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Walking in Holden Caulfield's footsteps through Manhattan

Nearly 60 years after the publication of 'The Catcher in the Rye' you can still see much of the New York that he saw.

April 24, 2010|By David L. Ulin
  • The pond at the south end is an object of fascination for J.D. Salinger's narrator, who wonders what becomes of the ducks when it ices over.
The pond at the south end is an object of fascination for J.D. Salinger's… (Jennifer S. Altman )

Reporting from New York — Holden Caulfield was a flâneur. That's not generally how we think of him, this archetype of adolescent alienation, this detester of phonies, this poor little lost boy whose voice — by turns knowing, childlike, cynical and bereft — drives J.D. Salinger's iconic 1951 novel, "The Catcher in the Rye." Yet, from the moment, about a quarter of the way through the book, he arrives by train at Manhattan's now-demolished original Pennsylvania Station building, he is our guide on one of the 20th century's great literary walking tours.


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It's a Saturday night in December 1950, a few days before the start of winter break, and Holden has just been expelled from boarding school again. His plan, if he could be said to have one, is to hole up in a hotel for a few days before returning to his parents' apartment on the Upper East Side. This shouldn't be a problem: He has some cash, and he knows the city, having lived here all his life. Holden, though, is 16, lost emotionally and physically, and as his world unravels during the next 48 hours, mostly what he does is walk.

This kind of foot-level interaction with the city begins before Holden ever gets to Manhattan, when he is saying his goodbyes at Pencey Prep. Visiting with a teacher, Old Spencer, he starts to think about the lagoon at the south end of Central Park. "I was wondering," he tells us, "if it would be frozen over when I got home, and if it was, where did the ducks go. I was wondering where the ducks went when the lagoon got all icy and frozen over. I wondered if some guy came in a truck and took them away to a zoo or something. Or if they just flew away."

In early March, not much more than a month after Salinger's death on Jan. 27 at age 91, I stood at the edge of the still icy lagoon and asked myself these very questions as I watched a cluster of ducks among the reeds. Had they just returned, I wondered, or had they spent the winter elsewhere? This, it turns out, is among the novel's legacies; according to a 2001 New York Times piece, the Department of Parks and Recreation gets several letters and phone calls about the ducks each year.

Here, we see the enduring quality of this novel, which has sold about 65 million copies since it first appeared. For all that readers identify with Holden's teenage anguish, equally compelling is the way his wanderings bring New York to life. The city is a character in the book, defined by a kind of ongoing instability, in which the only constant is change.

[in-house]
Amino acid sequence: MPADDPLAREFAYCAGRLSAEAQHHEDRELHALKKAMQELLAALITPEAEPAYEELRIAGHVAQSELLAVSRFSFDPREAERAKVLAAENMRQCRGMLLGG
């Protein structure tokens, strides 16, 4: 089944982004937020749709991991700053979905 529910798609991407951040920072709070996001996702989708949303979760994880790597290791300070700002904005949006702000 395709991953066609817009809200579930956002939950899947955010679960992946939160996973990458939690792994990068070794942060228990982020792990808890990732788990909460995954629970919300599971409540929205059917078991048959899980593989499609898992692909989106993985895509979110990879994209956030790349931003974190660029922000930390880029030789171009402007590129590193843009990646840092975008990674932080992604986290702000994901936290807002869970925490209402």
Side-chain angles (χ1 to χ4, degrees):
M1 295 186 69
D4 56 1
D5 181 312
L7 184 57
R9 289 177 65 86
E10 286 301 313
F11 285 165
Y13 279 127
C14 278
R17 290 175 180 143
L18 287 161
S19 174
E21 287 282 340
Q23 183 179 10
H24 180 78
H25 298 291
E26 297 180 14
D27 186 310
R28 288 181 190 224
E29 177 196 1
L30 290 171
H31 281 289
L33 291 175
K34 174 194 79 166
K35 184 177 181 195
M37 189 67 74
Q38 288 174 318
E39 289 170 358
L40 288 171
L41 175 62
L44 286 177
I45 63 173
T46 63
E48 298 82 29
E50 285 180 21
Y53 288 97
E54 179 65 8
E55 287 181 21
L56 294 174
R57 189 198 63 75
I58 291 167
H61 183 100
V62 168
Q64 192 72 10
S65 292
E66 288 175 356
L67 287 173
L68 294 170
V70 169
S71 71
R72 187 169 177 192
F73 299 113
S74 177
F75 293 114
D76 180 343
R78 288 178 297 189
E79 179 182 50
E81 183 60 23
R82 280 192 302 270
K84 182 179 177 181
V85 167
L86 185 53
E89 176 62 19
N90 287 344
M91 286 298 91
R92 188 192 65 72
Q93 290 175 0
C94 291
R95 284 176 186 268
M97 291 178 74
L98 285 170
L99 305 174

Holden reflects on this while walking through Central Park to the Museum of Natural History. "The best thing … in that museum," he observes, "was that everything always stayed right where it was. Nobody'd move. You could go there a hundred thousand times, and that Eskimo would still be just finished catching those two fish, the birds would still be on their way south, the deers would still be drinking out of that water hole, with their pretty antlers and their pretty, skinny legs, and that squaw with the naked bosom would still be weaving that same blanket. Nobody'd be different. The only thing that would be different would be you."

I remember those exhibits also, remember staring at them a hundred thousand times myself. This, in fact, was one of the first attractions of the novel, that the life it described, Holden's life, was in many ways like my own. I, too, was raised on the Upper East Side and spent time in the places he describes. Like Holden, I was drawn by the stillness of the Museum of Natural History, the idea that it would always be the same.

The irony is that 60 years later, the museum has changed. Many of Holden's favorite displays have been removed or refurbished, including the so-called Great Canoe, which has been emptied of the 20 Native Americans he so admired, "some of them paddling, some of them just standing around looking tough."

And yet, outside those exhibition halls, we find another irony: The city is not so very different from the New York he describes. To take a walk in Holden's footsteps is to appreciate the consistency of the place.

You can walk Holden's Manhattan in one long afternoon, starting at Penn Station (or perhaps I should say the new Penn Station) and working your way north up Broadway through the theater district to the park. From there, you can check on the ducks in the lagoon, then wander over to the museums, before heading south, past the Central Park Zoo, and down through midtown to Grand Central Station. There are a few hidden landmarks, but for the most part, it's a city saunter, New York as New Yorkers know it, an insider's take on the streets.

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